Over on the Biased BBC blogsite The All-Seeing Eye (prompted by that other all-seeing eye, George R) draws our attention to another instance of bias in the BBC's choice of headlines.
The issue at hand is Gordon Brown's latest dodge with statistics. He's been caught out again, this time spinning migration figures. Who's caught him out? Well, Channel 4 News for starters. Here's Cathy Newman:
Gordon Brown has done it again. The statistics he used for 2009 are an under-estimate, because they don’t include all migrants. The figures he used for 2007 and 2008, however, do. So he’s misled the public by comparing the most flattering data for the latest year with the most unflattering data in the previous years.
The full year figures for 2009 aren’t yet available, so until we see them, we won’t know for certain if the prime minister’s claim that immigration is falling is true or not.
But he doesn’t have the figures to make that claim either. And in the meantime, the
statistics we do have so far show that after falling in 2008, immigration is on the way up in 2009.
The first point to be made here is that this again shows Channel 4 to be performing a greater public service role than the BBC. Channel 4 News's Fact Check blog is turning up all sorts of fascinating abuses of statistics by all the parties. Why isn't, say, Newsnight or Today performing 'fact checks' on politicians' use of statistics? I suppose though that in some ways it's no bad thing they aren't as if they did they would doubtless concentrate heavily on the Conservatives' use of statistics. (See Mark Easton!)
Now, as the all-seeing eyes at the Biased BBC site note, this is how the story is reported in some of the papers:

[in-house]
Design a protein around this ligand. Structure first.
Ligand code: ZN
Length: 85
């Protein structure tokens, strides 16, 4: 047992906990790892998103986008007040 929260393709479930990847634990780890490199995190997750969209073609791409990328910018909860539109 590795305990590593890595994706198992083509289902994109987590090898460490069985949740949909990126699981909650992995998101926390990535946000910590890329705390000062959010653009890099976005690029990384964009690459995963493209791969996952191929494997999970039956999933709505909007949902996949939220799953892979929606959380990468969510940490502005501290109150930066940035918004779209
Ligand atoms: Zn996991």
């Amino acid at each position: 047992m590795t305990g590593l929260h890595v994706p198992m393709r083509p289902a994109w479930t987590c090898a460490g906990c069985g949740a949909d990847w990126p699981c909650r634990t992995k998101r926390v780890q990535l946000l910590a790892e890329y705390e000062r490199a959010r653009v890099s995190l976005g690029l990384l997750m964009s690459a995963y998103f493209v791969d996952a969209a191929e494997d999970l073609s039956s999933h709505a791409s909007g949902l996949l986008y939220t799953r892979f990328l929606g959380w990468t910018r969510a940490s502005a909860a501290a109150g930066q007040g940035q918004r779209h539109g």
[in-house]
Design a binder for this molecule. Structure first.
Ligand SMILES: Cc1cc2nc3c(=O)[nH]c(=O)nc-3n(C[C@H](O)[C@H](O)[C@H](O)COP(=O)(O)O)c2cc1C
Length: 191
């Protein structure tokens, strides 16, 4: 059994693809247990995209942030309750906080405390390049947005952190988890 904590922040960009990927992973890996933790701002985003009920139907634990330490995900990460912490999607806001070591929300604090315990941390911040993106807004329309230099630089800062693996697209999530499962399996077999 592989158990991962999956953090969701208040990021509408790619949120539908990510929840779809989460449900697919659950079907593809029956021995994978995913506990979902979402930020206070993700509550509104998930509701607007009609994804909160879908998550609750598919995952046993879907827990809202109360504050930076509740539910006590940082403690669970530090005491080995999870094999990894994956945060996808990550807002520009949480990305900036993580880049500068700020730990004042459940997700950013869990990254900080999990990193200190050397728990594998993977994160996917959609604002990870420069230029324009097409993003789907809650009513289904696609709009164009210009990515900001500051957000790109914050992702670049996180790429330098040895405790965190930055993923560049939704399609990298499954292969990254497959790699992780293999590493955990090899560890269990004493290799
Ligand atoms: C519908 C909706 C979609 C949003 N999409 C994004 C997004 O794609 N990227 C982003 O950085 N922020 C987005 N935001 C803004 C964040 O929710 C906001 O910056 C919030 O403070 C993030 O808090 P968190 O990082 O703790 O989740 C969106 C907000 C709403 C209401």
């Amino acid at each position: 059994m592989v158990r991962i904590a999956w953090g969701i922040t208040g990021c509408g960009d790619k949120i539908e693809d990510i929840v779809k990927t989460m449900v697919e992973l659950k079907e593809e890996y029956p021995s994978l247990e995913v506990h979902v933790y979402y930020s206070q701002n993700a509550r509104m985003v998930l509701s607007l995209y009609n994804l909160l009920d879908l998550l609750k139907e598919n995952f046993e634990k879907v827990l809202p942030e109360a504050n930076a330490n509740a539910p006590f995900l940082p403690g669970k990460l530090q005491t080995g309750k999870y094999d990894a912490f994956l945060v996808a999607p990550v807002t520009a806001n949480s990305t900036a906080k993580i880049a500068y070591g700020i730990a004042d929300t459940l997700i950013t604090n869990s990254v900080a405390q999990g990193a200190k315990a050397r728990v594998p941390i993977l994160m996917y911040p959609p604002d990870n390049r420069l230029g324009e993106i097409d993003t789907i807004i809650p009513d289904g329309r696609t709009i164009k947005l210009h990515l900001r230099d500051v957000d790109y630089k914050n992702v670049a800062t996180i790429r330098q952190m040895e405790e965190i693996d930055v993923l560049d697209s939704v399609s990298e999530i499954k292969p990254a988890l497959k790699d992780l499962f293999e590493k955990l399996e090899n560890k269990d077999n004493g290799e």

"How Gordon Brown's podcast turned an immigration rise into a fall" - Daily Mail
"Gordon Brown accused of fiddling immigration figures" - Daily Telegraph
Neither paper quotes Channel 4 News as the source of the story, but instead present the discovery of Brown's latest dissemblance as the work of MigrationWatch (which it may well be, as great minds often think alike and MigrationWatch are unlikely not to have noticed such fiddling!)
The BBC however (discreetly tucking the story away beneath a much more prominent article on its Politics page) headlines it: "Row over PM migration figures". This is a far less interesting headline & it distorts the story. The story is that Brown got it wrong again, not that there's a row.
The article that follows then tries to mislead its readers into thinking that the allegations of dishonesty originate with the Conservatives:
The Conservatives have accused Gordon Brown of "dishonesty" over immigration figures used in a Number 10 podcast.
Mr Brown said net migration into the UK fell from 237,000 in 2007 to 163,000 in 2008 and provisionally 147,000 in 2009.
The Tories said the figure for 2009 was only for the year up to June, and excluded asylum seekers and people overstaying their original visas.
A Downing Street spokesman said the prime minister had made it clear he was using a provisional figure for 2009.
The Conservatives' interpretation of the figures has been confirmed by the Office for National Statistics.
Shadow Home Secretary Chris Grayling called it "another extraordinary example of Gordon Brown's dishonesty".
Nowhere is either Channel 4 News or Migration Watch mentioned. Any reader would assume that the figures were initially disputed by the Conservatives. This might very well tempt readers to dismiss it as just another superficial party political row - Tories accuse Labour, Labour accuse the Tories - rather thatn see it for what it really is. That's dishonest reporting from the BBC.
The underlying intent is clear. It's to say "Move along, nothing to see here."
Not a sheep is getting more than fed up about this sort of thing. Please have a read and see if you don't share his rage: